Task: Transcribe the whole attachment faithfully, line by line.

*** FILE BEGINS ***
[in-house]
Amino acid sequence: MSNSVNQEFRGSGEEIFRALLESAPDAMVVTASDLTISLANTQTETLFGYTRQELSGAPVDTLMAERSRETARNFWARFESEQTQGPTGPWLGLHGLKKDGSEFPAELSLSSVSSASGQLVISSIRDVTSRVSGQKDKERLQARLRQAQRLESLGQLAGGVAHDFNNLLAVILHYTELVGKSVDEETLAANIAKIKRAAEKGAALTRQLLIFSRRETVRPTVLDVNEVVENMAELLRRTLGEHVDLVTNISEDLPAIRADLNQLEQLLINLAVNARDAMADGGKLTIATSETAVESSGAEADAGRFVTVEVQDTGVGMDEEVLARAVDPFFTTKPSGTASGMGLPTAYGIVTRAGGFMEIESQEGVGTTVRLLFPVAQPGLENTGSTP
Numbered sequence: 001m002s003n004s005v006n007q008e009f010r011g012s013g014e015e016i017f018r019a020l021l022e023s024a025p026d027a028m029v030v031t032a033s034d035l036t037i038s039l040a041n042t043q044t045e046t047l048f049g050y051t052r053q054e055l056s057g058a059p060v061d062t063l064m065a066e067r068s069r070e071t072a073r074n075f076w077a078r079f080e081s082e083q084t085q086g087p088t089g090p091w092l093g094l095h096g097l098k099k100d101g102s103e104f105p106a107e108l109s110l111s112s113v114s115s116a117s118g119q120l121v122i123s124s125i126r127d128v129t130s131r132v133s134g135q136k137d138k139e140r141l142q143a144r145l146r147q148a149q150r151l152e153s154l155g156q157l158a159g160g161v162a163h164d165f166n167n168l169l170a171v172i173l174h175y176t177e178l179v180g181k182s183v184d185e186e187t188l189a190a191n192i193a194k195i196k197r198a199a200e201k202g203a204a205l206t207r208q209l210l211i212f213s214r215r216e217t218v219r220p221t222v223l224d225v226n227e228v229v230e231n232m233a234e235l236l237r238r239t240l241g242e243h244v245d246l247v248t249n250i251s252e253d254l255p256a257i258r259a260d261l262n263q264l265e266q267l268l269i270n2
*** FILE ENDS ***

[in-house]
Amino acid sequence: MSNSVNQEFRGSGEEIFRALLESAPDAMVVTASDLTISLANTQTETLFGYTRQELSGAPVDTLMAERSRETARNFWARFESEQTQGPTGPWLGLHGLKKDGSEFPAELSLSSVSSASGQLVISSIRDVTSRVSGQKDKERLQARLRQAQRLESLGQLAGGVAHDFNNLLAVILHYTELVGKSVDEETLAANIAKIKRAAEKGAALTRQLLIFSRRETVRPTVLDVNEVVENMAELLRRTLGEHVDLVTNISEDLPAIRADLNQLEQLLINLAVNARDAMADGGKLTIATSETAVESSGAEADAGRFVTVEVQDTGVGMDEEVLARAVDPFFTTKPSGTASGMGLPTAYGIVTRAGGFMEIESQEGVGTTVRLLFPVAQPGLENTGSTP
Numbered sequence: 001m002s003n004s005v006n007q008e009f010r011g012s013g014e015e016i017f018r019a020l021l022e023s024a025p026d027a028m029v030v031t032a033s034d035l036t037i038s039l040a041n042t043q044t045e046t047l048f049g050y051t052r053q054e055l056s057g058a059p060v061d062t063l064m065a066e067r068s069r070e071t072a073r074n075f076w077a078r079f080e081s082e083q084t085q086g087p088t089g090p091w092l093g094l095h096g097l098k099k100d101g102s103e104f105p106a107e108l109s110l111s112s113v114s115s116a117s118g119q120l121v122i123s124s125i126r127d128v129t130s131r132v133s134g135q136k137d138k139e140r141l142q143a144r145l146r147q148a149q150r151l152e153s154l155g156q157l158a159g160g161v162a163h164d165f166n167n168l169l170a171v172i173l174h175y176t177e178l179v180g181k182s183v184d185e186e187t188l189a190a191n192i193a194k195i196k197r198a199a200e201k202g203a204a205l206t207r208q209l210l211i212f213s214r215r216e217t218v219r220p221t222v223l224d225v226n227e228v229v230e231n232m233a234e235l236l237r238r239t240l241g242e243h244v245d246l247v248t249n250i251s252e253d254l255p256a257i258r259a260d261l262n263q264l265e266q267l268l269i270n2